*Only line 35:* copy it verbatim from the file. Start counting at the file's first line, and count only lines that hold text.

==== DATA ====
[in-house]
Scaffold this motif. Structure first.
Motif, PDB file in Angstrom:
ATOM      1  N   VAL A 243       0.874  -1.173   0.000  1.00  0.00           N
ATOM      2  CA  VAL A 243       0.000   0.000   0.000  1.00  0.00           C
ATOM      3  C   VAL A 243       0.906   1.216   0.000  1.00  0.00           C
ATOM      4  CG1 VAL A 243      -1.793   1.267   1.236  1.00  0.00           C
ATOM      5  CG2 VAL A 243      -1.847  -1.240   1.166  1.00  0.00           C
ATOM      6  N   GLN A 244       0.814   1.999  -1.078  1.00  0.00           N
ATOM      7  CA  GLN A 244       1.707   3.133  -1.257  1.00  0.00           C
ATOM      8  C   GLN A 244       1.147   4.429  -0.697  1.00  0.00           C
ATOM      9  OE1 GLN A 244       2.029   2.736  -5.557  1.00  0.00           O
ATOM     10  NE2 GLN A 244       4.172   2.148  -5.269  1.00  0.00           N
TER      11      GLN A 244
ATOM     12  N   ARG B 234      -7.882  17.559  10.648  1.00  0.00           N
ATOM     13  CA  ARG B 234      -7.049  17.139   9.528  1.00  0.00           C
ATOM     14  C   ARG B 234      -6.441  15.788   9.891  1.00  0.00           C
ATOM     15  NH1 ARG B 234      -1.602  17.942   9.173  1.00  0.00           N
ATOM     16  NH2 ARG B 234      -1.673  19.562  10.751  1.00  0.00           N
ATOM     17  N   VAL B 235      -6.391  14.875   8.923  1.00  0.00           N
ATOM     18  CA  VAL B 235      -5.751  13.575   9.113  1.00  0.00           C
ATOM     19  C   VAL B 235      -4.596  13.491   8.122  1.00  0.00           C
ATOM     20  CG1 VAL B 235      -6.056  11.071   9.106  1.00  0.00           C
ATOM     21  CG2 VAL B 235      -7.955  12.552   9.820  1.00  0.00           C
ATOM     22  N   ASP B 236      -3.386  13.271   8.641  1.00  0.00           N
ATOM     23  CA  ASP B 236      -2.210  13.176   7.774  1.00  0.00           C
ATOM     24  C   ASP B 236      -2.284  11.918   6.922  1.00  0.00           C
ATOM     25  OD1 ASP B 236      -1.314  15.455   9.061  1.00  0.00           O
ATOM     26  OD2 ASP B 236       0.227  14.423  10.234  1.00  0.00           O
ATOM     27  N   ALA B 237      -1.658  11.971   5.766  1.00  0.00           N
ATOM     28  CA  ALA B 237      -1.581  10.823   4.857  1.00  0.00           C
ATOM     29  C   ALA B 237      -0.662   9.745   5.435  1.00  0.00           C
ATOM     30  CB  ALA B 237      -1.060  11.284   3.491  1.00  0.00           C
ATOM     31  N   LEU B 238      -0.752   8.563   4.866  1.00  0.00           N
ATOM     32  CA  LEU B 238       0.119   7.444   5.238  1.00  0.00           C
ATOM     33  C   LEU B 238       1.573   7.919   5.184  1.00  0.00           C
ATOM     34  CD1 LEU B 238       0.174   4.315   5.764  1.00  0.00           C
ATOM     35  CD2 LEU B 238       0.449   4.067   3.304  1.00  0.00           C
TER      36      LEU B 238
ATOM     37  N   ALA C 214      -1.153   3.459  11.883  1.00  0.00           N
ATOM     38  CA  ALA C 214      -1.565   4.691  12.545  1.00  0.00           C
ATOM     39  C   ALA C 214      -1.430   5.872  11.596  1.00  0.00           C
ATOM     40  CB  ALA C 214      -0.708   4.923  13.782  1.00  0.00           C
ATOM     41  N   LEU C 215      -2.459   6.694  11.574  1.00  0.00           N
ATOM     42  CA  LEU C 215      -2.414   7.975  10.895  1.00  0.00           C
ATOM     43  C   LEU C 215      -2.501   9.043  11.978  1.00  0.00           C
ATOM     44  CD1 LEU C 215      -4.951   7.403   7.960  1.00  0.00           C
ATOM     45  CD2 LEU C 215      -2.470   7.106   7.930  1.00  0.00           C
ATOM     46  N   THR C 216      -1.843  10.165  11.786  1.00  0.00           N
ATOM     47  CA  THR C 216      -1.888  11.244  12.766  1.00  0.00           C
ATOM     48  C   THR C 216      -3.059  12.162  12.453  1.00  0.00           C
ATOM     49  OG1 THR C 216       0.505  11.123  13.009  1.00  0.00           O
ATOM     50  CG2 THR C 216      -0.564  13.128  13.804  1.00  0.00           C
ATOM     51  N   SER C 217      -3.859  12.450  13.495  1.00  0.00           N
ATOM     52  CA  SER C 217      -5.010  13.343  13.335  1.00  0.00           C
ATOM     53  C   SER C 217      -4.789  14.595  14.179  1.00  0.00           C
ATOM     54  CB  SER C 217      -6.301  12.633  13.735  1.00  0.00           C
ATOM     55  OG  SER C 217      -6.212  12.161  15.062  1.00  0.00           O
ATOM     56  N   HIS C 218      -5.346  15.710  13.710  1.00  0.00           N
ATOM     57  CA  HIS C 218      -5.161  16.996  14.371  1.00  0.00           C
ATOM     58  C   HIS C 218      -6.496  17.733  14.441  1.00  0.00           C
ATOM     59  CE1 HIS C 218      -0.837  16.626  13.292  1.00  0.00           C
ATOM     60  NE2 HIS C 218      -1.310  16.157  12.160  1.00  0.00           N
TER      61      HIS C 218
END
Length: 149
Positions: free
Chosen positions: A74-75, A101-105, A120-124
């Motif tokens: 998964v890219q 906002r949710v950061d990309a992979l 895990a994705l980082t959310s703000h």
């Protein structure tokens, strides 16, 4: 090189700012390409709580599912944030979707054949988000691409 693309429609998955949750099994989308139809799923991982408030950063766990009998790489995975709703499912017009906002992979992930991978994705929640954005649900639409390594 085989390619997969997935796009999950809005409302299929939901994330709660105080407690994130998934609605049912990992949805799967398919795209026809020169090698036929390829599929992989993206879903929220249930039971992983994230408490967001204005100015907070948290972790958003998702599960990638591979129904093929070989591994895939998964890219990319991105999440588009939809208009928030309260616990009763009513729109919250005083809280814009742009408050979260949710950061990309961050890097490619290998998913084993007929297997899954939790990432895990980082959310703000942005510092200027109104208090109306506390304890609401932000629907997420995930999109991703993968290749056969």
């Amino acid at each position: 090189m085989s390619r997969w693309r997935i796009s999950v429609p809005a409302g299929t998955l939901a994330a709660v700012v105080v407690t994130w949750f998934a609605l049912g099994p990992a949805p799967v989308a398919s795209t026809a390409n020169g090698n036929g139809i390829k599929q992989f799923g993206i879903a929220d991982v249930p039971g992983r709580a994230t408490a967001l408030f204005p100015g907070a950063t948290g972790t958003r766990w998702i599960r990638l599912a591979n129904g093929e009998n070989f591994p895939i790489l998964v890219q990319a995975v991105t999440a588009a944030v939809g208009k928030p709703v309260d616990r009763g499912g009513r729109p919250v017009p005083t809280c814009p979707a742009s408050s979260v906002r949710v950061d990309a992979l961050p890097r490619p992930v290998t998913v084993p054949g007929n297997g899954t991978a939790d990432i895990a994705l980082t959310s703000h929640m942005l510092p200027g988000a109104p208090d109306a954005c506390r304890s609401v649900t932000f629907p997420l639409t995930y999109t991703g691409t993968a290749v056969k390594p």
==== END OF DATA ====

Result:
ATOM     32  CA  LEU B 238       0.119   7.444   5.238  1.00  0.00           C